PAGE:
Vitamin D can affect liver function through the vitamin D receptor (VDR). VDR is naturally present in liver cells and its increased expression can reduce inflammation in chronic liver diseases (Benetti et al. Vitamin D also has antifibrotic, proliferative, and inflammatory effects on the liver. The pleiotropic effects of vitamin D indicate a relationship between its deficiency and numerous chronic diseases, such as DM, cardiovascular, autoimmune and infectious diseases, several types of cancer, and chronic liver diseases.
Vitamin D synthesized from skin and dietary sources can be stored in adipocytes or undergo liver 25-hydroxylation. The association between vitamin D levels and non-alcoholic fatty liver disease (NAFLD) has been increasingly identified in recent research. Another important point to consider in relation to vitamin D levels is that low vitamin D levels may be due to a probable sedentary lifestyle, and no questions were asked to the patient or the control group about their lifestyle. It is well known that intestinal absorption of vitamin D could be affected in the presence of cholestasis, since dietary absorption of vitamin D depends on bile salts.
In fact, clinical studies suggest that these parameters may improve with vitamin D supplementation; however, prospective, randomized, placebo-controlled studies are required to establish firm conclusions. Patients with fatty liver disease had a significant decrease in serum levels of 25 (OH) and D compared to patients without this disease and, in addition, as the stage of the disease increased, vitamin D levels decreased significantly. Vitamin D is an important secosteroid hormone with a known effect on calcium homeostasis, but lately it is increasingly recognized that vitamin D is also involved in cell proliferation and differentiation and has immunomodulatory and anti-inflammatory properties. Finally, the association between vitamin D deficiency and the prognosis of liver diseases, such as progression to NASH or the onset of HCC, should be addressed through prospective studies.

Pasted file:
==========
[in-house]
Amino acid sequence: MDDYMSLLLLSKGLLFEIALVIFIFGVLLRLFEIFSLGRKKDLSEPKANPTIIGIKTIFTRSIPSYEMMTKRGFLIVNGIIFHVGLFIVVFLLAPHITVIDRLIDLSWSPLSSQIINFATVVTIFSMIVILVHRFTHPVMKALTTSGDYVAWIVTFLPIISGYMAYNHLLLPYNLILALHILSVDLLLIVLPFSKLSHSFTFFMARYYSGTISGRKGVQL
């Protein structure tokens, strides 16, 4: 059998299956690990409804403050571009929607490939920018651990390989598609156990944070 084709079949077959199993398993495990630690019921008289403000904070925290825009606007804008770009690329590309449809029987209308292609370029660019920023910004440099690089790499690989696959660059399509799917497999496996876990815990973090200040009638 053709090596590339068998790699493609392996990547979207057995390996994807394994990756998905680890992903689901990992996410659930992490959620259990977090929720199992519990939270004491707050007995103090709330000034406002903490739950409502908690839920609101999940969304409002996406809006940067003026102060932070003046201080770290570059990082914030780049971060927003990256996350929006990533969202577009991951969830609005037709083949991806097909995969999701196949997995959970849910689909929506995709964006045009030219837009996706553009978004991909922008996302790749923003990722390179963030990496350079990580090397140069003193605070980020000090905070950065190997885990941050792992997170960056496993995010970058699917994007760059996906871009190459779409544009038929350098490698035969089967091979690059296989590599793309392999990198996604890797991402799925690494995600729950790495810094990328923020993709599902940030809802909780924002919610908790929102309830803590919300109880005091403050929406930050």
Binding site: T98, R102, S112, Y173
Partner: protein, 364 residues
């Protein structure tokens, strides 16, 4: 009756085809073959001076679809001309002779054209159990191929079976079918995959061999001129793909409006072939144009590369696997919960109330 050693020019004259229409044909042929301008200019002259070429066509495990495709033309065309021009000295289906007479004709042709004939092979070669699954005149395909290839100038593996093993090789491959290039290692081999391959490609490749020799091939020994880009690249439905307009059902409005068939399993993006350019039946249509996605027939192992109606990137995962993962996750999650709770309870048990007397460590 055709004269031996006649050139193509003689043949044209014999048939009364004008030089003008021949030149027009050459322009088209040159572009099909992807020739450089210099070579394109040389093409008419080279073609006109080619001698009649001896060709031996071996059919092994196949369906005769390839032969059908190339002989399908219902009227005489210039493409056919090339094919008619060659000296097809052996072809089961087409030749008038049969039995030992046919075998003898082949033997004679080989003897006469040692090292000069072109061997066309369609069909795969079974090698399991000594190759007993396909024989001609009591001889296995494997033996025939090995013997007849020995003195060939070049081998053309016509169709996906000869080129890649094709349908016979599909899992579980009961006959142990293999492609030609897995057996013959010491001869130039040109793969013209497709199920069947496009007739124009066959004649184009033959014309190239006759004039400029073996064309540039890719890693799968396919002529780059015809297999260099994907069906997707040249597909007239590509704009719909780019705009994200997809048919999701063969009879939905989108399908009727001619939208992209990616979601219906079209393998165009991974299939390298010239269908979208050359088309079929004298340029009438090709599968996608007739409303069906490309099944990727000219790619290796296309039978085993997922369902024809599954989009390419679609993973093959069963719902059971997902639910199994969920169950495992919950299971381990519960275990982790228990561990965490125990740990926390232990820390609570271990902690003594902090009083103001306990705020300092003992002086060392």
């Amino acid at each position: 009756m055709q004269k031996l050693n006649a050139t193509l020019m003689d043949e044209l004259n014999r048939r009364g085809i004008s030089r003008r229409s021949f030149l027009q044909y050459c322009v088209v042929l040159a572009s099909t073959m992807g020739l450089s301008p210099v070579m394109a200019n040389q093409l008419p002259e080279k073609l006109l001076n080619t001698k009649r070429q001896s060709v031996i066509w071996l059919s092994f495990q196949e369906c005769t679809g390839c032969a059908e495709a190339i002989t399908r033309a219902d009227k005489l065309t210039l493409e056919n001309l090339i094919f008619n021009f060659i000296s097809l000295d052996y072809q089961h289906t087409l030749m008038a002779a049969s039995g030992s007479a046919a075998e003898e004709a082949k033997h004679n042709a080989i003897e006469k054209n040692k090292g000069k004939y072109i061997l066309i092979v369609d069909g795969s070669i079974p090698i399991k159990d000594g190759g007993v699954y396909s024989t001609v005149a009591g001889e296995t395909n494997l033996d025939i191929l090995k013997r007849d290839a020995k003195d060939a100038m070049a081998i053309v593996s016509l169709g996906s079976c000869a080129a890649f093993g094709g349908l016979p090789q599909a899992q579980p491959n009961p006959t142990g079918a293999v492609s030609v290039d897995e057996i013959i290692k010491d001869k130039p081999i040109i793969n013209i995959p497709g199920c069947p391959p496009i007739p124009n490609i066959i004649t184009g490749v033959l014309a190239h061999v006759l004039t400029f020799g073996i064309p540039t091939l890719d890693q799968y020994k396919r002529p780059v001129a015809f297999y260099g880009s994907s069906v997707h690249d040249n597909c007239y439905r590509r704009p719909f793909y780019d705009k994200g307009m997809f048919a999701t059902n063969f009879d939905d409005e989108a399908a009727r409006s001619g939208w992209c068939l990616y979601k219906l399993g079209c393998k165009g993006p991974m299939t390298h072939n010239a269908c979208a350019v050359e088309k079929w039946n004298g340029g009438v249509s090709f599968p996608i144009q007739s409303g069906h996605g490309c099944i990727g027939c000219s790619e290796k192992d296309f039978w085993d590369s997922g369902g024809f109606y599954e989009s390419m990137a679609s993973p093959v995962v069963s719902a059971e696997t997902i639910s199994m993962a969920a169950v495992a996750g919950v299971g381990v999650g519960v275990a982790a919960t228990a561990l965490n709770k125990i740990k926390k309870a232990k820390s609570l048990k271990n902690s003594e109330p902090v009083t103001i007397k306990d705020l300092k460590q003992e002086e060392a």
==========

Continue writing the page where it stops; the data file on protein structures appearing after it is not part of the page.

Patients with NAFLD have low serum vitamin D concentrations, suggesting that vitamin D may play a role in the development of NAFLD. Therefore, the objective of this study was to determine the relationship between the serum level of vitamin D evaluated by 25-hydroxyvitamin D3 (25 (OH), D and NAFLD in adults. Vitamin D promotes the immune system's innate response and has a “self-regulatory effect” by limiting the adaptive response. In addition, it is highly recommended to conduct future studies that compare vitamin D levels in different liver diseases.